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The veterinarian's responsibility to recognize and report animal abuse

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  • 1 City of Palo Alto Animal Services, 3281 E Bayshore Rd, Palo Alto, CA 94303.
  • | 2 The Pryor Foundation, PO Box 216, El Granada, CA 94018.

Recently, social worker Lynn Loar and her dog were waiting their turn to see the veterinarian when a couple, their 21-month-old daughter, and their 13-week-old unaltered male Presa Canario puppy arrived. The puppy, being large and adorable, attracted a lot of attention, and its owners were very happy to talk about it. It was named Rocko, and the veterinary appointment was not for neutering. Their toddler was jabbing at, rather than petting, Loar's five-year-old spayed mixed-breed dog, and she shuddered to think of what fate might befall this small child. Let us hasten to add that this veterinary practice is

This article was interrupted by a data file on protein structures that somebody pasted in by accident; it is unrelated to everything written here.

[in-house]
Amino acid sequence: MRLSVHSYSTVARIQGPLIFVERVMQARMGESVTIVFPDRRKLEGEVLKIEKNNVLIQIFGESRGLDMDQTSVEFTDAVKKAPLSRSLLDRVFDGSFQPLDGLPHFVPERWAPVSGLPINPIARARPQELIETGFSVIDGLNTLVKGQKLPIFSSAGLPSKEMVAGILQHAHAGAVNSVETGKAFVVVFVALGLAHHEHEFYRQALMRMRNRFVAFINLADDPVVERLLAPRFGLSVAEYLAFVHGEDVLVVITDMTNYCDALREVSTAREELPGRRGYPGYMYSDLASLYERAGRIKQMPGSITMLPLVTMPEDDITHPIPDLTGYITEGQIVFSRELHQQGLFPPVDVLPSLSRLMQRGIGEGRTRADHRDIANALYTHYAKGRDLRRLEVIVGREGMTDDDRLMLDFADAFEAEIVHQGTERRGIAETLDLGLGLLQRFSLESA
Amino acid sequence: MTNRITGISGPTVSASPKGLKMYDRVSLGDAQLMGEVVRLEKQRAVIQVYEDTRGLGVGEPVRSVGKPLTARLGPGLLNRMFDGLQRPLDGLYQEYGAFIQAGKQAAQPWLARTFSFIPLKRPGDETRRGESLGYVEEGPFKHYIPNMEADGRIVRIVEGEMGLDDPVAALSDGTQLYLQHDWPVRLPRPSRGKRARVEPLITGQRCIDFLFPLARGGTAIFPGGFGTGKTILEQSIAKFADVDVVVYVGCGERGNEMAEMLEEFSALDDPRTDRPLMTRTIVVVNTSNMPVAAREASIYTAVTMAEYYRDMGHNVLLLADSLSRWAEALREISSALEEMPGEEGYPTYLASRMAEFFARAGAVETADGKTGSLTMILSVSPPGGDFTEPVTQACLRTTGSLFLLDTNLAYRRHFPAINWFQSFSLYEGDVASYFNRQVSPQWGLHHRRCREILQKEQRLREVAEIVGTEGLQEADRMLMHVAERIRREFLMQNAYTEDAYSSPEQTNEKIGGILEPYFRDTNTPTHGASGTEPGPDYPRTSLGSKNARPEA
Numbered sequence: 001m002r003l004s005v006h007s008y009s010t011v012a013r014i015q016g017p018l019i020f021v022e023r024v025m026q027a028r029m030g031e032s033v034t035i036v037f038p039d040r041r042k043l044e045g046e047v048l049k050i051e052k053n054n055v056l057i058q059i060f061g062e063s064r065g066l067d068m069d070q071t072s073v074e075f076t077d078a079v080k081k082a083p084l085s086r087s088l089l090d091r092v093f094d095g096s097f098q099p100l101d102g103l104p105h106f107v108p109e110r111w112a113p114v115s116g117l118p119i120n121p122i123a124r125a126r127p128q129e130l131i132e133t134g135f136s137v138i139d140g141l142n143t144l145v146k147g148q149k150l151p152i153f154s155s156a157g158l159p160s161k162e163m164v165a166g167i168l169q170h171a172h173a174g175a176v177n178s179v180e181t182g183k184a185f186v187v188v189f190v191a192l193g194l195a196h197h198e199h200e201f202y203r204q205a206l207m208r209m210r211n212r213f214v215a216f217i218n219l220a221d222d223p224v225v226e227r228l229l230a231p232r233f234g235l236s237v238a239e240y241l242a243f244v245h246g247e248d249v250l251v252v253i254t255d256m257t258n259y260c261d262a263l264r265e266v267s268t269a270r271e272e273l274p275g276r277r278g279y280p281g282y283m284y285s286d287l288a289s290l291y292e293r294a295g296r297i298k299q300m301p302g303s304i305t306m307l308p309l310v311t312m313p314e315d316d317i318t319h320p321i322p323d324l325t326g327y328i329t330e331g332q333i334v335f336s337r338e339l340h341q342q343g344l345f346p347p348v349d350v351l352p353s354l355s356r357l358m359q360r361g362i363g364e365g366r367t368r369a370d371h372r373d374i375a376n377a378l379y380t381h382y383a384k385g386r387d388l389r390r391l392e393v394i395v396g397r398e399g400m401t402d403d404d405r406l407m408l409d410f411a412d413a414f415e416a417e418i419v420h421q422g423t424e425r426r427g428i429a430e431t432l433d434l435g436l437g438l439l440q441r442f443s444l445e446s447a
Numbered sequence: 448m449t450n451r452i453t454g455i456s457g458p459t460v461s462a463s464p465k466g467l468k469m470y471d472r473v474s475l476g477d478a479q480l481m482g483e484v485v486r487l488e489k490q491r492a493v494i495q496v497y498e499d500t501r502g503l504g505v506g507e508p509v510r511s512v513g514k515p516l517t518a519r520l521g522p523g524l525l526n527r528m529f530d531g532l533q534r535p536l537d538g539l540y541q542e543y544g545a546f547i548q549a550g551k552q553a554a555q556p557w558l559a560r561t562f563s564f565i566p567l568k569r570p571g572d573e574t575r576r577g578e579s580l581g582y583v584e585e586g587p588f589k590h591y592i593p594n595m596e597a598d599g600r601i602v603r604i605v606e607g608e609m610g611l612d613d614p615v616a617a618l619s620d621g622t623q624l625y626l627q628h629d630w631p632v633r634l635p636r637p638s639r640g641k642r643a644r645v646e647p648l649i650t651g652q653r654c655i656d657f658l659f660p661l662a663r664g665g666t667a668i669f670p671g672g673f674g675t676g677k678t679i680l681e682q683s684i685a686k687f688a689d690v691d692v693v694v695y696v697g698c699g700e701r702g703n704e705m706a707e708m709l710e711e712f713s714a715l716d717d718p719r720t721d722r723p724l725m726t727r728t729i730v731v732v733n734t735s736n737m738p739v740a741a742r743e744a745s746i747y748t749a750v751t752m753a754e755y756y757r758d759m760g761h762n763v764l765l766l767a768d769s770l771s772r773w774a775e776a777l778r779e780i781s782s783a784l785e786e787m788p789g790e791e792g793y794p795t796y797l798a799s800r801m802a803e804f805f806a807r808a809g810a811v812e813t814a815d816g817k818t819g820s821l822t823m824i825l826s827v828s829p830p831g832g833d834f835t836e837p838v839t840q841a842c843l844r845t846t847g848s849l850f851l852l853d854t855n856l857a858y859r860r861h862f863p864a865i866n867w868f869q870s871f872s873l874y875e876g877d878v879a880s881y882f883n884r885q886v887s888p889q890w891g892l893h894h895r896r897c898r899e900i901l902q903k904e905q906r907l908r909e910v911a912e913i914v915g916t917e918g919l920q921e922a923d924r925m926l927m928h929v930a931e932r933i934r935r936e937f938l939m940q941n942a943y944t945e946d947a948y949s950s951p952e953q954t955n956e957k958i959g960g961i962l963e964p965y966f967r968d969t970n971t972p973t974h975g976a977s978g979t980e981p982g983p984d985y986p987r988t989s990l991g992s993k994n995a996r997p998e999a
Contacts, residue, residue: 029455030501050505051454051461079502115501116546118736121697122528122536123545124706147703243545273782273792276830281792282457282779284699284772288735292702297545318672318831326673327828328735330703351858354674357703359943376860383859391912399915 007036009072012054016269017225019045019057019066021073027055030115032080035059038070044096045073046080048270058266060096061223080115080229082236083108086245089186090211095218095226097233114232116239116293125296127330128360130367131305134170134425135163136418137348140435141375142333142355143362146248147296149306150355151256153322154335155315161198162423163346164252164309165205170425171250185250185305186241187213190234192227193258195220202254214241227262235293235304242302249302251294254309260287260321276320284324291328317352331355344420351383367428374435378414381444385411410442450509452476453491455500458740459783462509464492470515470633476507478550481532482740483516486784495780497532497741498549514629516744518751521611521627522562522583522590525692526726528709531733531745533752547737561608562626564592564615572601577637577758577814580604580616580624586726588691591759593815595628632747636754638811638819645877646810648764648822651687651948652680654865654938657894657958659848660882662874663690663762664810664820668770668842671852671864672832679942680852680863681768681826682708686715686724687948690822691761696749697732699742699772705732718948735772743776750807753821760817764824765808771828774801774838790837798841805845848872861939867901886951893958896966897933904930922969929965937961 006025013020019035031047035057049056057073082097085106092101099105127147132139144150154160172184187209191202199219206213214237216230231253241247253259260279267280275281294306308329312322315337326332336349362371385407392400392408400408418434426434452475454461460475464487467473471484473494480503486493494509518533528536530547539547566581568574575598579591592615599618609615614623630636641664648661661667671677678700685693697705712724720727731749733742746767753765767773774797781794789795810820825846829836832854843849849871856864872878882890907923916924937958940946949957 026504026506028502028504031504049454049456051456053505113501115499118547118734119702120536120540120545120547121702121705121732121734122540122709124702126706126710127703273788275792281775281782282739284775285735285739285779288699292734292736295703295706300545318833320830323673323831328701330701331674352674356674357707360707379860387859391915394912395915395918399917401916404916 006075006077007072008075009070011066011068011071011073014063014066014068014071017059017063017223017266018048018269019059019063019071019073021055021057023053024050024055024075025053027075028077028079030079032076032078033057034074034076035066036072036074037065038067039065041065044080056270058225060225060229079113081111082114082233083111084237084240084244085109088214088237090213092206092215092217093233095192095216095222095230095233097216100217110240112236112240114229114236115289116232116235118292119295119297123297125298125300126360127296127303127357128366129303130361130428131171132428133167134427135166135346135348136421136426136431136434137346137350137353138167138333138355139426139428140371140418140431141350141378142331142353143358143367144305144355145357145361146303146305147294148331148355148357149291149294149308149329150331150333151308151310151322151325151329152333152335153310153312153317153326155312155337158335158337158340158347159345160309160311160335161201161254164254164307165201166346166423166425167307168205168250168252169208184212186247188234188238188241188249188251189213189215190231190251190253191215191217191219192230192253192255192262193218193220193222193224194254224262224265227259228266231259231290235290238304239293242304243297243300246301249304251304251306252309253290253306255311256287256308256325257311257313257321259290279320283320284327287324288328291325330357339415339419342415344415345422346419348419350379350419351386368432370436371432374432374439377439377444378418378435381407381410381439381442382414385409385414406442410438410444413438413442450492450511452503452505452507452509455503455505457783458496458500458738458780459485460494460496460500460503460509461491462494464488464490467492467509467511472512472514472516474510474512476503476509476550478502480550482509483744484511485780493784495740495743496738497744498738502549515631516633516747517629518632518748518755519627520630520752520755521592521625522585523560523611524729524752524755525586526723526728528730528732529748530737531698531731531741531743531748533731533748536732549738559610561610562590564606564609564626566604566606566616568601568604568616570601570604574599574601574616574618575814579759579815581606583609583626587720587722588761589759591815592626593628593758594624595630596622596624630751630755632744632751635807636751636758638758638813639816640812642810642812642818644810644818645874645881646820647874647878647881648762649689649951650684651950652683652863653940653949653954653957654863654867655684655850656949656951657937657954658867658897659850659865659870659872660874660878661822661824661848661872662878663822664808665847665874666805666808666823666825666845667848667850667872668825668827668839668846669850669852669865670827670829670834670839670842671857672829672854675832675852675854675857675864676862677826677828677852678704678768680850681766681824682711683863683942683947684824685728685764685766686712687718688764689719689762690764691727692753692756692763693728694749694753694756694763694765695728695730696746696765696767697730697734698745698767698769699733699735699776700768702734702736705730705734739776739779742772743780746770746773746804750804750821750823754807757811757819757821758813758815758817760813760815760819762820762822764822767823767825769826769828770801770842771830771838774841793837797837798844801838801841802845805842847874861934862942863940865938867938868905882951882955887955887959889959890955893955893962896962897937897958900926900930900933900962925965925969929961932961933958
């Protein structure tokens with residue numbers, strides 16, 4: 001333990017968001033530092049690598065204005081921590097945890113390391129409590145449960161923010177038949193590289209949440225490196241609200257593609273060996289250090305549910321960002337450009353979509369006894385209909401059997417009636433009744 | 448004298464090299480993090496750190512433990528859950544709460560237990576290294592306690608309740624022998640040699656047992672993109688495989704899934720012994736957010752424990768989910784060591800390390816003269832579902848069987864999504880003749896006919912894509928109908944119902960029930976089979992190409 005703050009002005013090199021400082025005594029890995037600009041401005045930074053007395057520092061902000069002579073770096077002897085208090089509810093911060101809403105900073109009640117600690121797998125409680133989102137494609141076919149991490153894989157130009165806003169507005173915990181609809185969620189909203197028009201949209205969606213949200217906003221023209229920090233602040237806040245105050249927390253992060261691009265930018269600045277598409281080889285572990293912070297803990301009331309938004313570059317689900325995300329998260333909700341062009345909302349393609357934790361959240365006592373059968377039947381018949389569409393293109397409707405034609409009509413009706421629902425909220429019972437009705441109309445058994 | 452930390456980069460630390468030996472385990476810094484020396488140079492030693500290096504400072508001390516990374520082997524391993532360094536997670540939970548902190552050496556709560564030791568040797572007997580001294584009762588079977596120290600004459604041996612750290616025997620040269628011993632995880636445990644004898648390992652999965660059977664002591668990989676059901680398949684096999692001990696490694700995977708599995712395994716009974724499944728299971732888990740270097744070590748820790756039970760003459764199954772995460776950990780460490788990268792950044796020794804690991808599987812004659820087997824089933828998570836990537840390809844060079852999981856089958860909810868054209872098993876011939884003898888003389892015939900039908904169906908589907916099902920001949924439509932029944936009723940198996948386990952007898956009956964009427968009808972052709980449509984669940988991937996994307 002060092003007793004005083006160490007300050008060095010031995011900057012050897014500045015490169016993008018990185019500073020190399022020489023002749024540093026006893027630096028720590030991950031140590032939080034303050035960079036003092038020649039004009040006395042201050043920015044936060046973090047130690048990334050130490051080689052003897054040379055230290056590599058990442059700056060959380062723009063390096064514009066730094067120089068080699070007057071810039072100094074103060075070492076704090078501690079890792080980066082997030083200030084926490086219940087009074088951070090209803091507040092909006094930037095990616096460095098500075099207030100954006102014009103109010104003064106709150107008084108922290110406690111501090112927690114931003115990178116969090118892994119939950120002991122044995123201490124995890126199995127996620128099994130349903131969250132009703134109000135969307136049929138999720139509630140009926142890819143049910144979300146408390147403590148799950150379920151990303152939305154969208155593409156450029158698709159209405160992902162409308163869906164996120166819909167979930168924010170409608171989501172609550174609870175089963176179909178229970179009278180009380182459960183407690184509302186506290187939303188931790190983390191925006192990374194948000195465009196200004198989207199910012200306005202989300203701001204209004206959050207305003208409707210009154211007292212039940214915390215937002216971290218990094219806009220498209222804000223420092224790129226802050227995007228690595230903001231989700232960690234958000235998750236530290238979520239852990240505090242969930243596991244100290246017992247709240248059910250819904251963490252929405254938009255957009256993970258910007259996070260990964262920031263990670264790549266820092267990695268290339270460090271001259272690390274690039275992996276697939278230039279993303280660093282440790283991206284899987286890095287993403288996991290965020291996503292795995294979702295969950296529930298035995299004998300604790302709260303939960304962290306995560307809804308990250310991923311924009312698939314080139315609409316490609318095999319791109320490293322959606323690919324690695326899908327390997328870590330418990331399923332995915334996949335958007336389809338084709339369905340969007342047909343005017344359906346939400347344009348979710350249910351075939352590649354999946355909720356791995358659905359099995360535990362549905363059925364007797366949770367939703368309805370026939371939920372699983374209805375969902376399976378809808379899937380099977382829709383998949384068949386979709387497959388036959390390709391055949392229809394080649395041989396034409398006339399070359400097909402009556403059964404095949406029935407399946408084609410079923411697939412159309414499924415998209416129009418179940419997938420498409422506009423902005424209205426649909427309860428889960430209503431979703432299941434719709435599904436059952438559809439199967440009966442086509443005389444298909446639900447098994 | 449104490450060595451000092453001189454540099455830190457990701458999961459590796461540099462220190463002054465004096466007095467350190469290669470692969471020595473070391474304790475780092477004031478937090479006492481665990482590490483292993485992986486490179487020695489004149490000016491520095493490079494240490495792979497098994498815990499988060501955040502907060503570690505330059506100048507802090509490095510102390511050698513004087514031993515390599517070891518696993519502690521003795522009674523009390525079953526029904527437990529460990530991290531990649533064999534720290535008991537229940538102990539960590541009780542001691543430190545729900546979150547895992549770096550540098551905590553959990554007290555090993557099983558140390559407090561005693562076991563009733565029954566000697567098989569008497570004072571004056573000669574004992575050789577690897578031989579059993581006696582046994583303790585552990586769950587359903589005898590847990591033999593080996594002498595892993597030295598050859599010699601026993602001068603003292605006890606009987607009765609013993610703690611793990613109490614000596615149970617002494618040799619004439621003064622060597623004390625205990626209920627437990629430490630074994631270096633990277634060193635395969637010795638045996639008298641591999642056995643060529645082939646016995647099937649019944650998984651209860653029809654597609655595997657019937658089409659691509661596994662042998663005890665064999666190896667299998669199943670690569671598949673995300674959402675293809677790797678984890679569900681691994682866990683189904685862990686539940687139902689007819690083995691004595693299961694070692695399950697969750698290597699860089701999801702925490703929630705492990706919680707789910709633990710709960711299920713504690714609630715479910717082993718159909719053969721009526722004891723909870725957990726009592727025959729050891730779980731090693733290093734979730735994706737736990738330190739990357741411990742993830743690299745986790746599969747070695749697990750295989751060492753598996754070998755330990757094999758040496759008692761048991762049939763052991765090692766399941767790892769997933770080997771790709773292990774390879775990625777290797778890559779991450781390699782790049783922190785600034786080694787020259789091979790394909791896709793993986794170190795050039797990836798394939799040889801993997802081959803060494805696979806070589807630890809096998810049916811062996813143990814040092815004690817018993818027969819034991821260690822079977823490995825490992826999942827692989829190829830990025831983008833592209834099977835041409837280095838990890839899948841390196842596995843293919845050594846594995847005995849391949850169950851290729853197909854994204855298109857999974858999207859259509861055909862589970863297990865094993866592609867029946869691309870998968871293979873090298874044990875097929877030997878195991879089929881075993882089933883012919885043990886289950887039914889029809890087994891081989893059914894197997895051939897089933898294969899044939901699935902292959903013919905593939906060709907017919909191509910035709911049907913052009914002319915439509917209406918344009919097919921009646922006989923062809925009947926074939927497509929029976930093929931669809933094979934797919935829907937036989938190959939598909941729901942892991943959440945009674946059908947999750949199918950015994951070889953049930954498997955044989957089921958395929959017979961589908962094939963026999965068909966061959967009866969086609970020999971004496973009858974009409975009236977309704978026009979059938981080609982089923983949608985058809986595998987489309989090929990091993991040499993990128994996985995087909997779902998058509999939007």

Contributor Notes

Dr. Yoffe-Sharp is City Veterinarian for the City of Palo Alto, Calif.

She oversees all medical and surgical protocols in Palo Alto's open-door municipal animal shelter.

She is a member of the AVMA and the Association of Shelter Veterinarians (ASV) and is the immediate past-president of the ASV.

Dr. Loar is a licensed clinical social worker specializing in abuse and neglect, the president of The Pryor Foundation, and the coauthor of Teaching empathy: animal-assisted therapy programs for children and families exposed to violence.

Alameda, Calif: The Latham Foundation, 2004.

Opinions or statements expressed in JAVMA Commentaries reflect the views of the authors and do not represent official policy of the American Veterinary Medical Association unless so stated.